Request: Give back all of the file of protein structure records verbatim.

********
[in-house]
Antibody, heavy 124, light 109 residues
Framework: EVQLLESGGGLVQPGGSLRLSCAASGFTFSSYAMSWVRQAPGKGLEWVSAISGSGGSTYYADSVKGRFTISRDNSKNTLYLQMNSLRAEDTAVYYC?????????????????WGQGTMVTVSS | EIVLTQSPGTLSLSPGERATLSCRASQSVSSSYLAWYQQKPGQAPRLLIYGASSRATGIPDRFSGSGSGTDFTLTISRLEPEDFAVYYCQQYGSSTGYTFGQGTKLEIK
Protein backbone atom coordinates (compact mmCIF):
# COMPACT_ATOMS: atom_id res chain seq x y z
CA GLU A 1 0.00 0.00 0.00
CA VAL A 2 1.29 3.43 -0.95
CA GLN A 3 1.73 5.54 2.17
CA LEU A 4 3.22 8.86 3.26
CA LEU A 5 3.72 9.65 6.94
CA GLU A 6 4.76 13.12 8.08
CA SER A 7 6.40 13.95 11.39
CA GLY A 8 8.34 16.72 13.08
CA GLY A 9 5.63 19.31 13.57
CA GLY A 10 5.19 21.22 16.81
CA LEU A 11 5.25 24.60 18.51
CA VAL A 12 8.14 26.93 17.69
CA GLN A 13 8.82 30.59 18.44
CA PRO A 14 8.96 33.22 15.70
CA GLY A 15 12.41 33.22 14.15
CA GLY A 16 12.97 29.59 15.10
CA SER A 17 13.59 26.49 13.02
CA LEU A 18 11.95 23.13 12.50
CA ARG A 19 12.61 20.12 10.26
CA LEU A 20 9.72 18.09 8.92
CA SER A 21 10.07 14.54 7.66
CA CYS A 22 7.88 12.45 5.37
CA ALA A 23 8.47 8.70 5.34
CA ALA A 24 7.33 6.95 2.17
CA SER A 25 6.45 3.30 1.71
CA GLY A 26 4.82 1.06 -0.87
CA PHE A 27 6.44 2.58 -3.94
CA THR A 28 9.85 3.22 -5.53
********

[in-house]
Antibody, heavy 124, light 109 residues
Framework: EVQLLESGGGLVQPGGSLRLSCAASGFTFSSYAMSWVRQAPGKGLEWVSAISGSGGSTYYADSVKGRFTISRDNSKNTLYLQMNSLRAEDTAVYYC?????????????????WGQGTMVTVSS | EIVLTQSPGTLSLSPGERATLSCRASQSVSSSYLAWYQQKPGQAPRLLIYGASSRATGIPDRFSGSGSGTDFTLTISRLEPEDFAVYYCQQYGSSTGYTFGQGTKLEIK
Protein backbone atom coordinates (compact mmCIF):
# COMPACT_ATOMS: atom_id res chain seq x y z
CA GLU A 1 0.00 0.00 0.00
CA VAL A 2 1.29 3.43 -0.95
CA GLN A 3 1.73 5.54 2.17
CA LEU A 4 3.22 8.86 3.26
CA LEU A 5 3.72 9.65 6.94
CA GLU A 6 4.76 13.12 8.08
CA SER A 7 6.40 13.95 11.39
CA GLY A 8 8.34 16.72 13.08
CA GLY A 9 5.63 19.31 13.57
CA GLY A 10 5.19 21.22 16.81
CA LEU A 11 5.25 24.60 18.51
CA VAL A 12 8.14 26.93 17.69
CA GLN A 13 8.82 30.59 18.44
CA PRO A 14 8.96 33.22 15.70
CA GLY A 15 12.41 33.22 14.15
CA GLY A 16 12.97 29.59 15.10
CA SER A 17 13.59 26.49 13.02
CA LEU A 18 11.95 23.13 12.50
CA ARG A 19 12.61 20.12 10.26
CA LEU A 20 9.72 18.09 8.92
CA SER A 21 10.07 14.54 7.66
CA CYS A 22 7.88 12.45 5.37
CA ALA A 23 8.47 8.70 5.34
CA ALA A 24 7.33 6.95 2.17
CA SER A 25 6.45 3.30 1.71
CA GLY A 26 4.82 1.06 -0.87
CA PHE A 27 6.44 2.58 -3.94
CA THR A 28 9.85 3.22 -5.53